The final (3rd) AirPort connector wont be as big a deal, because you’ve unclipped the AirPort antenna associated with it.
Note that you can try simply disconnecting all 3 AirPort antennas so that none of the wires pop off. It might make it easier, although 2 don’t have “clips”, so I’m not sure how they’d come off.
In any case, once that drive tray’s out, you’ll see the RAM. Same instructions as the other guides – pull the clips to the sides, and each chip will pop up at an angle – you then pull/slide it out diagonally. The new chips go in the same way the old ones came out. Make sure they’re in all the way.
The hard drive’s not quite as easy – first, there’s a thermal sensor. It’s either double-sided-taped (or glued) to the hard drive. Gently pry it off with your fingernail. Then remove the black tape holding the wire.
Next, it’s 4 screws – 2 at the sides, 2 at the bottom. Now you’ve got to get the hard drive to slide out from the connector – don’t push it down, or you’re likely to snap the connector. You want to use whatever you can to slide it out from the connector. I used a tiny screwdriver pushing it gently from the connector-side in a small gap near the front of they bay. Once it’s out from the connector, you should be able to get it out at an angle.
For the new drive, you’ll have to put it in at an angle, then line it up with the connector (probably in an upside-down position), and slide it in. Slip in a couple screws to keep it from sliding back out (or putting pressure on the connector), and once the screws are in a little, you should be able to move the whole thing around and get the rest of the screws in nice and snug. Push the thermal sensor back on in a similar position – it’s generally got enough sticky-ness left to hold, but if it doesn’t you might want to try some dual-sided tape, or tape the thing in place. Tape the wire back in place.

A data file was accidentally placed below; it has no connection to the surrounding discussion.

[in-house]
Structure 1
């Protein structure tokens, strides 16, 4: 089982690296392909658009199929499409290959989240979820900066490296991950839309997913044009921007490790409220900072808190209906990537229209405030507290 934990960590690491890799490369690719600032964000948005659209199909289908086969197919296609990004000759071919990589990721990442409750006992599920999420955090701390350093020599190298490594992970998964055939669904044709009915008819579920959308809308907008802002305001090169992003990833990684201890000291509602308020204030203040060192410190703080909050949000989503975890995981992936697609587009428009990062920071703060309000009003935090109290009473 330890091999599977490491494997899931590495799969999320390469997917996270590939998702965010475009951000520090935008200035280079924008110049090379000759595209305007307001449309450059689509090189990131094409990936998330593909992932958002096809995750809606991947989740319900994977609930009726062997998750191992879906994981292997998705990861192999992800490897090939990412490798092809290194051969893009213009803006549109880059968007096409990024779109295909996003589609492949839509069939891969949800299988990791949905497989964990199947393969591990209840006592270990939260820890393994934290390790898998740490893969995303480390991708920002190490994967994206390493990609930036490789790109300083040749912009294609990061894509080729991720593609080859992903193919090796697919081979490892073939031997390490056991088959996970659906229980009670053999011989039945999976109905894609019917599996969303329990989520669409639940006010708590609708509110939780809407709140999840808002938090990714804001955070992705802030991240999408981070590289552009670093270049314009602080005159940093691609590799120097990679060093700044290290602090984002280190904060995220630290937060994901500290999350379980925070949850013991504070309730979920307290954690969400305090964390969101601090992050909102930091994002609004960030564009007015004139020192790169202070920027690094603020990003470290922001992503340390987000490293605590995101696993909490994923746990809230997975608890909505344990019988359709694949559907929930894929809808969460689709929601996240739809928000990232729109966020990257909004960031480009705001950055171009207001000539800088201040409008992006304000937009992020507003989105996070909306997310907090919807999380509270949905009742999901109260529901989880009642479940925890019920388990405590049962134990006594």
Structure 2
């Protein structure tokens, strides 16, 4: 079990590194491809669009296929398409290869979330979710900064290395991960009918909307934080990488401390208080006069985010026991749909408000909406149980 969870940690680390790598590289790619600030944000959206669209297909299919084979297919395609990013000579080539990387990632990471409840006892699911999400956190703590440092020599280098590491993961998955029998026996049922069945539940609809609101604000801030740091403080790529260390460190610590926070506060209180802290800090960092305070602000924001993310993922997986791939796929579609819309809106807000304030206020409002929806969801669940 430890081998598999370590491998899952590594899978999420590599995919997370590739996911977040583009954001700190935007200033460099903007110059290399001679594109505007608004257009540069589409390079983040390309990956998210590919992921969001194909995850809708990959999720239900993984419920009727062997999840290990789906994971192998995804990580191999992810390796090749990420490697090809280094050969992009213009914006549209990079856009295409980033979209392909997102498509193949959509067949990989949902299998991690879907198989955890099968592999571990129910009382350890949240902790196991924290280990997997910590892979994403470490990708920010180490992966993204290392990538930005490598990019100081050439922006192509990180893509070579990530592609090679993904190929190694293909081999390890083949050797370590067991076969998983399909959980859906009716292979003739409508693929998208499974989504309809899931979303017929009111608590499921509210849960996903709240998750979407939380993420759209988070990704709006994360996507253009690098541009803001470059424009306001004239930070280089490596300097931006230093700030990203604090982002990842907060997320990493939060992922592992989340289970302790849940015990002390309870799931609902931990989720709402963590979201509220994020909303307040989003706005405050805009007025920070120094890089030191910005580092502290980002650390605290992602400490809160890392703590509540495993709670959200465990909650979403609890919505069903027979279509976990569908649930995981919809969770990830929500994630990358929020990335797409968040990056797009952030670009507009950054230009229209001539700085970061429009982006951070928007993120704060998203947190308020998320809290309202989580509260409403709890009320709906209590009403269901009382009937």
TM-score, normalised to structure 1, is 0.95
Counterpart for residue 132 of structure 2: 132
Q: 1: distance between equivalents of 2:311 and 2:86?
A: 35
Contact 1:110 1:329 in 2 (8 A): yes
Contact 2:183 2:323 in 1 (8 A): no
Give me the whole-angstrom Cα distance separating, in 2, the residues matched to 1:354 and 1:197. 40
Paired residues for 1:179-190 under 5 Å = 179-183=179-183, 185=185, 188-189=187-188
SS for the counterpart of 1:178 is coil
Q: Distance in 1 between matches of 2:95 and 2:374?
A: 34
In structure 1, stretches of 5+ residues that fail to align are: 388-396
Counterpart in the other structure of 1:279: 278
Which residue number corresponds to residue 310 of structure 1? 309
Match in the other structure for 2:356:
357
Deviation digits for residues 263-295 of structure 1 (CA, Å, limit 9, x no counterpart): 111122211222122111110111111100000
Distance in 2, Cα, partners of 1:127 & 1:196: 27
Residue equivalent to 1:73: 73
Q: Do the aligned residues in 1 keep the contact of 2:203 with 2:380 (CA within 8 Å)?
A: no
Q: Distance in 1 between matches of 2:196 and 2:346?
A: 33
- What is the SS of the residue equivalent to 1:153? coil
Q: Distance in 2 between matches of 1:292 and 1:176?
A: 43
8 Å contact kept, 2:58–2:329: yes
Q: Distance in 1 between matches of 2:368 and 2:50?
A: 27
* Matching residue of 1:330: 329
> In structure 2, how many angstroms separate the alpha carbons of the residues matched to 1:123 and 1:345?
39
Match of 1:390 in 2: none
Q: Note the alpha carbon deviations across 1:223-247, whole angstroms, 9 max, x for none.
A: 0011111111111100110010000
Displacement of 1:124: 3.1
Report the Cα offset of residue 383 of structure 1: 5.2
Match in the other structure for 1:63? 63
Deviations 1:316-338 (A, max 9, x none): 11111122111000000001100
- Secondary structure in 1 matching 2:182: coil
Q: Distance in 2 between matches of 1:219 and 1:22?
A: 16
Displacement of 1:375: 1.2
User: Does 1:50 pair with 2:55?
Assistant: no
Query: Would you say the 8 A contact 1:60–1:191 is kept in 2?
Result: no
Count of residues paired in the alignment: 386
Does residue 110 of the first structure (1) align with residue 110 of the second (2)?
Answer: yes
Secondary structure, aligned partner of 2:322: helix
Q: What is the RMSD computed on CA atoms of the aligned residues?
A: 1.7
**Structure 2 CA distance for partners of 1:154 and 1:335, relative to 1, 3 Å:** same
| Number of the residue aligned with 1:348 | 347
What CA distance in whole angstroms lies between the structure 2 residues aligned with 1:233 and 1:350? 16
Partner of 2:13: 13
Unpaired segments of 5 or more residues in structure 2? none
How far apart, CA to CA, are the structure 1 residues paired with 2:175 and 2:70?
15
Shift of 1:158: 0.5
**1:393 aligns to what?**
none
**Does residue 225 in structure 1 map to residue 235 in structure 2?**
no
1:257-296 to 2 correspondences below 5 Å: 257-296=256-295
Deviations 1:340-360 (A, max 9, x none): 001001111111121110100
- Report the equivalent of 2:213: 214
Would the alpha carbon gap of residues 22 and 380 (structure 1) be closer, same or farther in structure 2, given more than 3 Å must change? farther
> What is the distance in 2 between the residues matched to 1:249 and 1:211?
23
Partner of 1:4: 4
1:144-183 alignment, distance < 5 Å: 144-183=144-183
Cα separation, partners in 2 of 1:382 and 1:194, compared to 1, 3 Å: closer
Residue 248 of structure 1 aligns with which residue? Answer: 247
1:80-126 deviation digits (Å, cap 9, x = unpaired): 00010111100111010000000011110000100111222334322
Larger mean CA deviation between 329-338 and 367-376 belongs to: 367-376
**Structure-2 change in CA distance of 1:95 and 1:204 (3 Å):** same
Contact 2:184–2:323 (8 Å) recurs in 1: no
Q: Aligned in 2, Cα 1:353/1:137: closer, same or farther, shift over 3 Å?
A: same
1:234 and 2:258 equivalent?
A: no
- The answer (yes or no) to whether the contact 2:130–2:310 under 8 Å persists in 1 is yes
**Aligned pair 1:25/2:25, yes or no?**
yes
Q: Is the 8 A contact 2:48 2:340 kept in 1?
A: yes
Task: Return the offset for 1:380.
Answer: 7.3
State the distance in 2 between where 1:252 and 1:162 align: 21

Now you’ve just got to get everything back together.
If your AirPort wires came off the main circuit board, you’ll want to pop them in place as you start getting the assembly positioned into place. Remember, one is a big pain, and you’ll want a popsicle stick (or something else non-sharp) to position it and pop it into place. I used a screwdriver, but I also knew that 1 slip would turn the Mini into a doorstop. Use something wood or plastic and take your time – when it’s lined up, you can definitely snap it back into place.
Use a magnetic screwdriver for the 4 screws – if you don’t have one, grab a big bingo magnet or fridge magnet and stick it on the side of a regular screwdriver to turn it into a magnetic one. It’s the only way to line up the screws which are recessed in plastic. Again, remember to put the longer one in the original position – otherwise you’ll find that one of your screws never tightens.
Once it’s all tightened up and you’re sure no screws are loose, connect the orange ribbon again, pop the AirPort antenna into place, put the cover back on and start it up.
You’ll need your installation DVD to install to the new hard drive.
Finally, images of the Mini with the case off: